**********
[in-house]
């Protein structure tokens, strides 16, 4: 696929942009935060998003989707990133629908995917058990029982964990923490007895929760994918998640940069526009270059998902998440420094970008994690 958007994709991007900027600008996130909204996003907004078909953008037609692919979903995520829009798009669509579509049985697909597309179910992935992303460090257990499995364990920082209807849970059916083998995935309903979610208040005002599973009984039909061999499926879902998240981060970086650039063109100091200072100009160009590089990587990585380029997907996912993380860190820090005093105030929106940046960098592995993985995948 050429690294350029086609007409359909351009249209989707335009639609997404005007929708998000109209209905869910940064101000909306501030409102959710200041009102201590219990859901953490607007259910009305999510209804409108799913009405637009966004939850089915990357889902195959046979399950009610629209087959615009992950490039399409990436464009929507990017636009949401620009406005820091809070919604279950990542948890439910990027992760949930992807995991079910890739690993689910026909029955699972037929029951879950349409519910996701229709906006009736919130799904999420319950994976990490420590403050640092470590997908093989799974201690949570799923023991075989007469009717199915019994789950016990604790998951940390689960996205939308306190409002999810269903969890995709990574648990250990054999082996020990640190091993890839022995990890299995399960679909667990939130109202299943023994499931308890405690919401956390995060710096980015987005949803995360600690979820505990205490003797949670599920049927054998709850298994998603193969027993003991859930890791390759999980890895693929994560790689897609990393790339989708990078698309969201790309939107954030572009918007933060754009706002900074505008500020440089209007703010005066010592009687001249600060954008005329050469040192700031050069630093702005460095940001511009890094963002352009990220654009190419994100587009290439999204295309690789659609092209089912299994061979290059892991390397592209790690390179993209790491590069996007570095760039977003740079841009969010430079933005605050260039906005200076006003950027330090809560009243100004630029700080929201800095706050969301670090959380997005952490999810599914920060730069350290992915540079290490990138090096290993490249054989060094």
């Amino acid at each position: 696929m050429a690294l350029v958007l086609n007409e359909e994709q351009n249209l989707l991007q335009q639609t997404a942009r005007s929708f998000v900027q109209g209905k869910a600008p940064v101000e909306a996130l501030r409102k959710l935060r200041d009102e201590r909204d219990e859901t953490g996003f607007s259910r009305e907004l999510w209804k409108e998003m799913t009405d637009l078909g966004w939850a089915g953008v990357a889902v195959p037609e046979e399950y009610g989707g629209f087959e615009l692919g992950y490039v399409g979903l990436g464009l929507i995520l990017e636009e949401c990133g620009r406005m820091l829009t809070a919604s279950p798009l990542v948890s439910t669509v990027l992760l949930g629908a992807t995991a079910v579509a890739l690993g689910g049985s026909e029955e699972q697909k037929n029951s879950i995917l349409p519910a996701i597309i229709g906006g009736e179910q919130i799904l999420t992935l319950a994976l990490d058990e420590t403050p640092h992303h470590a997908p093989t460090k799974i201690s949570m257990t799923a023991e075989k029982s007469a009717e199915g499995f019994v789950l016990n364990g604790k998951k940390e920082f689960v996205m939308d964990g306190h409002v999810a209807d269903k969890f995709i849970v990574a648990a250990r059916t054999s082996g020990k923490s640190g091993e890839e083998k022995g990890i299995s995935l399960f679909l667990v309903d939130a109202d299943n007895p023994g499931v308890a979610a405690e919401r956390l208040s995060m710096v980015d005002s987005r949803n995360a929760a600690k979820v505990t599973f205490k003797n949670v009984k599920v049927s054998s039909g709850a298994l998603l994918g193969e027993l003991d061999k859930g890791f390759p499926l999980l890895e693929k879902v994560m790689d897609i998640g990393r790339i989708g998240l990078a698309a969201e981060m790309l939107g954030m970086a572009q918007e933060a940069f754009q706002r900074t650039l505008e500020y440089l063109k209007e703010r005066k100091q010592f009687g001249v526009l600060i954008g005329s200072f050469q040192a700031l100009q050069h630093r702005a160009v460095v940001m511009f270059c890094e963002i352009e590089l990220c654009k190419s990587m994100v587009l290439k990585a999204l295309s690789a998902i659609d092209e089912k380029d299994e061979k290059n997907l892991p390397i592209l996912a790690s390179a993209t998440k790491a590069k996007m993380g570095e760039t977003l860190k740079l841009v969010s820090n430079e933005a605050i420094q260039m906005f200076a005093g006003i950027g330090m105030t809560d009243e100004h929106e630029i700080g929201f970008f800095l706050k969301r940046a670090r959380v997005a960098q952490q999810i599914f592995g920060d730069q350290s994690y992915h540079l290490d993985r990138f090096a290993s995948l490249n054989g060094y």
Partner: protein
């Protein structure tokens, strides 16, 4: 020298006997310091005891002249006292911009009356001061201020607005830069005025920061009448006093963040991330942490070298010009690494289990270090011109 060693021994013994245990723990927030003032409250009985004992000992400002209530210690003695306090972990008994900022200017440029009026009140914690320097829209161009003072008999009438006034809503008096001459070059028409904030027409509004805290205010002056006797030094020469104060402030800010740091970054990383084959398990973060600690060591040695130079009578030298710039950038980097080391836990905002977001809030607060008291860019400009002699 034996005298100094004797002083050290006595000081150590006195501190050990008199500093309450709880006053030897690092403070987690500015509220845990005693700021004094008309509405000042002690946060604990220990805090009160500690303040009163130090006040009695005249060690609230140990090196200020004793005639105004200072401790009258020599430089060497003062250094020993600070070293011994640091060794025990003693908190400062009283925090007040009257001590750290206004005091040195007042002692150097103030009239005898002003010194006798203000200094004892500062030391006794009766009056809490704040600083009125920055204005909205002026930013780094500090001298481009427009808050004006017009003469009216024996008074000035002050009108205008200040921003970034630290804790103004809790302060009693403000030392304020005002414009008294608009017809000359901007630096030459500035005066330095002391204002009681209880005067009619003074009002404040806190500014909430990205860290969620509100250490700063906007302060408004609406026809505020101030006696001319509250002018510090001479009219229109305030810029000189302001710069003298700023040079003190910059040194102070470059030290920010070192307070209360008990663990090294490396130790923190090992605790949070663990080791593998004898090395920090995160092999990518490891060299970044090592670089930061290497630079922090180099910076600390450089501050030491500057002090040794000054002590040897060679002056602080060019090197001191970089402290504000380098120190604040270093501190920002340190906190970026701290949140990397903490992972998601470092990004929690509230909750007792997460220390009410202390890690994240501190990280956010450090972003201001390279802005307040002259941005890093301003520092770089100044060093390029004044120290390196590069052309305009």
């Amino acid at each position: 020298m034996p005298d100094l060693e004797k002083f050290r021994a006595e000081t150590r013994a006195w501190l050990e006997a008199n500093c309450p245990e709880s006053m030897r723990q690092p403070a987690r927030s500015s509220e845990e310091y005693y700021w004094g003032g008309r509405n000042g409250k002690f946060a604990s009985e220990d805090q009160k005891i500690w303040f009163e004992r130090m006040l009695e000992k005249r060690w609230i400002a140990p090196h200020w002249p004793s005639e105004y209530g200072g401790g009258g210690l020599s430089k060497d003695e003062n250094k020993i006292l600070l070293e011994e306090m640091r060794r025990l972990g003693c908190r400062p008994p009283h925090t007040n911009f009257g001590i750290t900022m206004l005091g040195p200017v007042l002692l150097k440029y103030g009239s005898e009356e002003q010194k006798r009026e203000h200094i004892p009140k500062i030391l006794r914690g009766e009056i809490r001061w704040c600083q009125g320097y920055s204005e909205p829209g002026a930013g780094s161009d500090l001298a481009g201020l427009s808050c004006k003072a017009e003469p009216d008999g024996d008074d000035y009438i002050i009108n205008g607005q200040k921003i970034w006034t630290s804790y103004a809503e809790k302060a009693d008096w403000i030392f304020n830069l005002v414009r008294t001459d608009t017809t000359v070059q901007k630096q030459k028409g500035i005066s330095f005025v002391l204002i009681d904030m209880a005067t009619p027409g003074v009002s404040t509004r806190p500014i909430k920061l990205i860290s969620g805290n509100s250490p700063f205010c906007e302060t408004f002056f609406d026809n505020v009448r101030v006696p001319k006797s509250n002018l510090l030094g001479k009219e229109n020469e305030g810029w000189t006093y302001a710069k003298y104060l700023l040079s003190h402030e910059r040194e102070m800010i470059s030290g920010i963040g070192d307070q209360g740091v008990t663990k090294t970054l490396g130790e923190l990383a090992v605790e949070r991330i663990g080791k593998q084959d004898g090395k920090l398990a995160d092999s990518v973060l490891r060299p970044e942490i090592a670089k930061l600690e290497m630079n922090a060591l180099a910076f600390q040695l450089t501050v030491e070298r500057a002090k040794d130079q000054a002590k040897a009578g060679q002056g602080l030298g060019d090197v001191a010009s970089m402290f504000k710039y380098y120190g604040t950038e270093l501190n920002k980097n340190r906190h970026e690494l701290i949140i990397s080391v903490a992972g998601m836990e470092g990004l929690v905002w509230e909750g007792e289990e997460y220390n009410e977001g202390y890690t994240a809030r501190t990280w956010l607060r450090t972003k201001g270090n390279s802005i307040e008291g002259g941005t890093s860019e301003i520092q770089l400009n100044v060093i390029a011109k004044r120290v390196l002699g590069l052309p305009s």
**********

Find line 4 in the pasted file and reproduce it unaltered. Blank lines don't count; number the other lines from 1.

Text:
Partner: protein